The ABR threshold showed no significant difference between SAMP8 and SAMR1 mice at 1 month (Fig. 8a–c). In contrast, both strains of mice showed an age-related hearing loss after 1 month of age but was twice as severe in SAMP8 (5 dB/month, R = 0.9, P < 0.001) than in SAMR1 mice (2.8 dB/month, R = 0.62, P < 0.001, Fig. 8c). To facilitate the comparison between the two strains of mice, we expressed all the functional data obtained in SAMP8 with respect to those in SAMR1. We then expressed the molecular events as a function of hearing threshold shift with respect to the control SAMR1. When the molecular event was close to zero, hearing loss was considered mainly due to age and independent of the strain of mouse. In contrast, a positive or negative shift indicated a correlation between molecular event and the phenotype of SAMP8 (i.e., accelerated hearing loss).
Fig. 8

Correlation between molecular events and the hearing loss. a, b Age-related ABR thresholds in SAMR1 (blue plot) (a) and in SAMP8 mice (red plot) (b) at 1, 3, 6, and 12 months (n = 14 animals per age and per strain). Data are expressed as mean ± SEM. Note the severe elevation in threshold in the SAMP8 mice. c The mean ABR threshold from 2 to 32 kHz derived from a and b. The mean ABR thresholds for each mouse and each time point were calculated for both strains. These values were then used to perform a linear regression allowing the measurement of threshold elevation per month and the calculus of Pearson correlation coefficient. df Time course of hearing loss relating to protein changes in the SAMP8 mice. The X-axis represents the mean difference (Δ) in ABR thresholds between SAMP8 and SAMR1 mice, and the gray area represents the SEM of these differences. The left Y-axis in d represents the delta (Δ) in mean quantities of antioxidants (Nrf2, light blue plot and SOD2 blue plot) observed in SAMP8 mice relative to in SAMR1 mice. The right Y-axis in d represents the delta (Δ) in mean quantities of pro-oxidants (p66Shc, pink plot and p-p66Shc, red plot) observed in SAMP8 mice relative to that in SAMR1 mice. The left Y-axis in e and f represents the delta (Δ) in mean quantities of DNA damage response proteins (p-Chk2, pink plot; p53, red plot; and p-p53, light red plot in e) and of senescence markers (p21, pink plot and p16, red plot, in f). The right Y-axis in f represents the delta (Δ) in mean quantities of the mitotic checkpoint protein BubR1 (light blue plot in f) and of the cell cycle regulator p19 (blue plot in f) observed in SAMP8 mice relative to that in SAMR1 mice. The mean quantities of proteins were derived from Figs. 6 and 7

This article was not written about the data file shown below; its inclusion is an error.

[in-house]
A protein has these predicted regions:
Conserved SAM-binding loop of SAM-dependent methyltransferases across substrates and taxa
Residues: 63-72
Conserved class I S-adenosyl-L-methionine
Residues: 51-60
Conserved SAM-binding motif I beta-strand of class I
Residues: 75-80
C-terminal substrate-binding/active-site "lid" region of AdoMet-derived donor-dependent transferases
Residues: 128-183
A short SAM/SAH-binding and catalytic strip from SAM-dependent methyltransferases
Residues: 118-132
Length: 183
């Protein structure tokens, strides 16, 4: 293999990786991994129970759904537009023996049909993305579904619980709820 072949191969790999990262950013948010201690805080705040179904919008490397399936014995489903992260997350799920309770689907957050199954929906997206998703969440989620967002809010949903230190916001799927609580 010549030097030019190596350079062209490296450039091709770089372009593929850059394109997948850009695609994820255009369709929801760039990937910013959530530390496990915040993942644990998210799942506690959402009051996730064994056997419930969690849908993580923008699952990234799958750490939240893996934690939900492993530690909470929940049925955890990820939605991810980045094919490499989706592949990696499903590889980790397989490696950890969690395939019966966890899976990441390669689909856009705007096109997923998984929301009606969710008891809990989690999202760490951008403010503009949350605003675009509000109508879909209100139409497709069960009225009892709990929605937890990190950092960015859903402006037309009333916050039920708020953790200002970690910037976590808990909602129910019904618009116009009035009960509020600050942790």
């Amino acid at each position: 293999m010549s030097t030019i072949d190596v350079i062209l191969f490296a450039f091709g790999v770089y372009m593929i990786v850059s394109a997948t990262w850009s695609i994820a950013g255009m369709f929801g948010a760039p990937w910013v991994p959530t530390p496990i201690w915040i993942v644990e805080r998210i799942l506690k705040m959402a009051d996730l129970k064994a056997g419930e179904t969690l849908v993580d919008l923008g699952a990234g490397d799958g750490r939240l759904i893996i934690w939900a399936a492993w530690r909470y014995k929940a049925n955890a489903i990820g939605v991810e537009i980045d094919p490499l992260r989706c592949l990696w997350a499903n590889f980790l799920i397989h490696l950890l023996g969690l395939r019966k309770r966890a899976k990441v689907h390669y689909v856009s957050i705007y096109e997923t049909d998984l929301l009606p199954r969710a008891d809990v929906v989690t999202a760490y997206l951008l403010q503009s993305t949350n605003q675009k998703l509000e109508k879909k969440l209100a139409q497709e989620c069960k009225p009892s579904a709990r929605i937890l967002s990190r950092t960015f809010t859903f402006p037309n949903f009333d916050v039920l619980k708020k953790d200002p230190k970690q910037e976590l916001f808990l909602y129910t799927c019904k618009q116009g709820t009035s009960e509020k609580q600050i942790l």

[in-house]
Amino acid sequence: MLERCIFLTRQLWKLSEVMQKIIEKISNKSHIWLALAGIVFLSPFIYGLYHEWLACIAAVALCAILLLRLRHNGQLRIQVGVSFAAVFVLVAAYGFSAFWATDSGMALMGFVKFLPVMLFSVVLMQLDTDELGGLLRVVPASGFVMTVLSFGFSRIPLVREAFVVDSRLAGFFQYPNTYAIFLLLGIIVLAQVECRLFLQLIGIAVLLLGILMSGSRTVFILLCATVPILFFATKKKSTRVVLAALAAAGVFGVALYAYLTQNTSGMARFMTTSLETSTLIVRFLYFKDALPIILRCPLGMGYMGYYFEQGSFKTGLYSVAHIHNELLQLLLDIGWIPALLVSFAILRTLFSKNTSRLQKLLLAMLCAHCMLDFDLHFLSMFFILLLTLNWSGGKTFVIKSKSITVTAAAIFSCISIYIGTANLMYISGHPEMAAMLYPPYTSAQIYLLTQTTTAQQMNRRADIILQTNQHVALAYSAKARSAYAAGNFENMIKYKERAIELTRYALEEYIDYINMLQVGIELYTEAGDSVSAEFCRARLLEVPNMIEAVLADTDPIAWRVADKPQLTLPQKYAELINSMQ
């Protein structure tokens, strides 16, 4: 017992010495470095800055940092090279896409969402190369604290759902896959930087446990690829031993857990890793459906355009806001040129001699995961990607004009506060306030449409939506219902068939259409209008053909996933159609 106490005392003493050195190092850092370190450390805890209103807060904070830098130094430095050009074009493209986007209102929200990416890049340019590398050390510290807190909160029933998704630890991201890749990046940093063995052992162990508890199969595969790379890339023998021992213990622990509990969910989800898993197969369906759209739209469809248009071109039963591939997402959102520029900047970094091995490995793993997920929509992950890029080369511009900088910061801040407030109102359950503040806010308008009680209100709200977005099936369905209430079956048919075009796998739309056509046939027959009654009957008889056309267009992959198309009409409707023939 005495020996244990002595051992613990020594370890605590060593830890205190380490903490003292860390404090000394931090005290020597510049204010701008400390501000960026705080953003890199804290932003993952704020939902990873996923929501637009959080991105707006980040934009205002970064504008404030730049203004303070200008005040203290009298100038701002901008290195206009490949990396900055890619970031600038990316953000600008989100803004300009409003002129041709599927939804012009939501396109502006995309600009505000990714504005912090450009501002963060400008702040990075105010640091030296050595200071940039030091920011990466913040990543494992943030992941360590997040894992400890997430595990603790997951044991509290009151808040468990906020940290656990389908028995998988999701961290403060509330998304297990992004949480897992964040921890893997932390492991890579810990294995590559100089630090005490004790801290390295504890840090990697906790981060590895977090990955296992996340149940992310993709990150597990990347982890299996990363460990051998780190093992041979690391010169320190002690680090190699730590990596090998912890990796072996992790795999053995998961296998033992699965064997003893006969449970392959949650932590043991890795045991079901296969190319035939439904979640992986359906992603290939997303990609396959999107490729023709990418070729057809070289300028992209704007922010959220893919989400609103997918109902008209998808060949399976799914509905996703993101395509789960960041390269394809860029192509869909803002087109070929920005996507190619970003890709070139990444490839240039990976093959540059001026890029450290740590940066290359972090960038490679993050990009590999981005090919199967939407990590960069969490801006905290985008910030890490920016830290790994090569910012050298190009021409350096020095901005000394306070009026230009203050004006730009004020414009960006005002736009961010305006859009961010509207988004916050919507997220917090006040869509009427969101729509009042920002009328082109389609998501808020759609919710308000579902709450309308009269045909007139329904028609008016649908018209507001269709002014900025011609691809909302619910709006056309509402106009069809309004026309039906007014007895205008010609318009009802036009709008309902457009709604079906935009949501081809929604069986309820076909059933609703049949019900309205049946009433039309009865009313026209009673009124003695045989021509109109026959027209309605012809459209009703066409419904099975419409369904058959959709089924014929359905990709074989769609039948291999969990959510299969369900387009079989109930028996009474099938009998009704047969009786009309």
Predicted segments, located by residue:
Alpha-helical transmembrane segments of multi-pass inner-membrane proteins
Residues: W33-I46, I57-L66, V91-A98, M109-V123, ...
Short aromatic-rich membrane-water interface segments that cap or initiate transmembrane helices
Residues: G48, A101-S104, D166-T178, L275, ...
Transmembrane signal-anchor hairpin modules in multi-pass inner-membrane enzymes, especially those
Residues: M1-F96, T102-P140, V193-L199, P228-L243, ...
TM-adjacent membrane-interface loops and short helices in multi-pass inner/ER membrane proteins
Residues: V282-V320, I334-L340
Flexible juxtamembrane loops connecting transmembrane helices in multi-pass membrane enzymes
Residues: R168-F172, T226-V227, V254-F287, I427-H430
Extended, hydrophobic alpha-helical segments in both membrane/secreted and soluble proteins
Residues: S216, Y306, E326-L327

The SAMP8 strain displayed a deficit in antioxidant proteins Nfr2 and SOD2 and an excess of the pro-oxidant molecule p66Shc at all ages. The levels of pro-oxidant molecules p66Shc and p-p66Shc increased concomitantly with the degradation of hearing in SAMP8, while the deficit in antioxidants remained relatively stable until 6 months of age (Fig. 8d). The differences between the strains in terms of levels of the antioxidant molecules Nrf2 and SOD2 decreased at 12 months of age (Fig. 8d), probably due to the age-related repression of these molecules in both strains. While both strains displayed comparable levels of DDR proteins (p-Ch2, p53, p-p53) at 1 month, only SAMP8 mice thereafter showed a dramatic increase in levels to reach a plateau at 6 months (Fig. 8e). Finally, prosenescence proteins (p21, p16) increased continually with age in SAMP8 mice (Fig. 8f). By contrast, the mitotic checkpoint protein BubR1 and the cell cycle regulator p19 remained close to zero, except at 6 months where p19 had increased before falling back to zero at 12 months with a net result of no significant difference between strains at 12 months (Fig. 8f).

Collectively, these in vivo data support our in vitro results indicating that an early increase in the level of ROS triggers the activation of DNA damage responses and premature occurrence of senescence-like state in postmitotic cochlear cells and an accelerated hearing loss in SAMP8 mice.

EUK-207 Slows Down Age-Related Hearing Loss in SAMP8 Mice